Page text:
But how can it be that resistance training exercises such as squats, which increase thigh (and therefore quadriceps) mass has been shown to improve both sprinting performance and running efficiency? The likely explanation is that exercises such as squats very strongly activate the hamstrings, producing greater relative gains in hamstring strength compared to quadriceps strength (watch out for a forthcoming article on why squats work for athletes). By contrast, exercises that primarily build strength in the quadriceps only (eg leg extensions, hack squats etc) develop braking ability the body during ground contact but don’t aid hamstring development, and therefore propulsive force. Therefore, quadriceps muscles that are trained and developed do not add propulsive force but do add undesired excess weight, thus adversely affecting power-to-weight ratio (see this article).

Practical recommendations

In terms of training for distance runners and their coaches, these results could be helpful to long-distance runners and their coaches. Given that runners with lower sprinting ability typically produce greater vertical force relative to propulsive force during the acceleration phase (and therefore cannot run as fast) training techniques that develop propulsive force without an increase in vertical force development should be considered. One method of achieving this is the use of weighted sled towing, which has been shown to actually decrease the vertical force generated by runners and improve their sprinting capabilities(9).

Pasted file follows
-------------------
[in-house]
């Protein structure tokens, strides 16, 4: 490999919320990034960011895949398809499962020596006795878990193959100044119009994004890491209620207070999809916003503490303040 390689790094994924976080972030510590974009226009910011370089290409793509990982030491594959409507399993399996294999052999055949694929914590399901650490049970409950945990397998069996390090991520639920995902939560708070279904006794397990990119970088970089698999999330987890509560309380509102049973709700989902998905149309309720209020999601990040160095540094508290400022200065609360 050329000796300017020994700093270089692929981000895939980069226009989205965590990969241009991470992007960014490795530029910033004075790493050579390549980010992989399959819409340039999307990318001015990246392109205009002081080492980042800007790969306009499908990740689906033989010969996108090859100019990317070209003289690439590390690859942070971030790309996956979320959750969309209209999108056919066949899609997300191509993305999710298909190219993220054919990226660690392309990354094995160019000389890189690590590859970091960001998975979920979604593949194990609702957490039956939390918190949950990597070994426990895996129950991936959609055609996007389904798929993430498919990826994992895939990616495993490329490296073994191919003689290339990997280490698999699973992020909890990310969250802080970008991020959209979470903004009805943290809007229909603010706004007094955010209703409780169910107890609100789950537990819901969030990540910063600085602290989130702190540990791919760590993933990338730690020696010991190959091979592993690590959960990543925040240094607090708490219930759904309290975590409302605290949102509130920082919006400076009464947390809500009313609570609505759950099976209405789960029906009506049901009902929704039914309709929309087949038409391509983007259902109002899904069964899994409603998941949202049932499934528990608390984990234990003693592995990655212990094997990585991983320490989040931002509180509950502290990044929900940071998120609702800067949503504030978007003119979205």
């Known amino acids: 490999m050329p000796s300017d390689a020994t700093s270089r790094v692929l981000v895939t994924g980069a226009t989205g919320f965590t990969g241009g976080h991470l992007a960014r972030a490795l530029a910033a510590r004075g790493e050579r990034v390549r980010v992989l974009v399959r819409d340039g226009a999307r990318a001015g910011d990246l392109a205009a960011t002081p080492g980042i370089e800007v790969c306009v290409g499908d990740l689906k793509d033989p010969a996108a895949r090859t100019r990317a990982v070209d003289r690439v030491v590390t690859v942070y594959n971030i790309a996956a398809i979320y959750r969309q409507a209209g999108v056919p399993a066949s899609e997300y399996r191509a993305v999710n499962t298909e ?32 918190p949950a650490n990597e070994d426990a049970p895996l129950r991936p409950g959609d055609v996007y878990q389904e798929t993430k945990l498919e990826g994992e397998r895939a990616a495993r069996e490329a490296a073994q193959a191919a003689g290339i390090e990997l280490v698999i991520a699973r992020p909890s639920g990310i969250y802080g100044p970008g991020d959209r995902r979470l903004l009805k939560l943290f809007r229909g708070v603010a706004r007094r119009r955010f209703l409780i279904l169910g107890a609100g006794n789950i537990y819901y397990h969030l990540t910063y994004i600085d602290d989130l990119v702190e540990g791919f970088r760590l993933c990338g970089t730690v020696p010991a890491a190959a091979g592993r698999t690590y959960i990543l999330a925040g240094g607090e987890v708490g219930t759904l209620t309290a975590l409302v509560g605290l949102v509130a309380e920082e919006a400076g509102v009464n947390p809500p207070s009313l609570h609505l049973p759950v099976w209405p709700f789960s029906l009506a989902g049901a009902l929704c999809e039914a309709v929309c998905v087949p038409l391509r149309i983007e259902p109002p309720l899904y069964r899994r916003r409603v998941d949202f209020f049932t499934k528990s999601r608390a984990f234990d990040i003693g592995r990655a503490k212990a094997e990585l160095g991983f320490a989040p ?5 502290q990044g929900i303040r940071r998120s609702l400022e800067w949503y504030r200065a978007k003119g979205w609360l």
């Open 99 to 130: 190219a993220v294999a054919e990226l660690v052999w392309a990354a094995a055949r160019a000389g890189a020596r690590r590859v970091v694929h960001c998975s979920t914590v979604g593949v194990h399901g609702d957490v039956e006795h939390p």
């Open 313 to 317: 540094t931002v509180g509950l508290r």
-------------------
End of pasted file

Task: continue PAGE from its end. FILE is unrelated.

Another technique for runners that can be considered is cycling with a high load/intensity, which has been shown to considerably activate the hip extensor muscles(10), thereby helping to develop the production of propulsive force during running. In addition, runners should try and ensure their strength training focuses on exercises that strongly activate the hamstrings and gluteal muscles, and avoids exercise such as leg extensions and hack squats that disproportionately develop quadriceps strength.

References

  1. International Journal of Sports Physiology and Performance. 2019;15:1
  2. Journal of Applied Physiology. 1999;86(5):1527–1533
  3. 2019;7:e6787
  4. International Journal of Sports Physiology and Performance. 2018;13(2):214–219
  5. Frontiers in Physiology. 2015;6:404
  6. Journal of Sports Sciences. 2005;23(10):1101–1109
  7. J Hum Kinet. 2022 Jan; 81: 65–72
  8. Sports Medicine. 2018;48(5):1117–1149
  9. Journal of Strength and Conditioning Research. 2014;28(10):2738–2745
  10. Journal of Electromyography and Kinesiology. 2019;44:64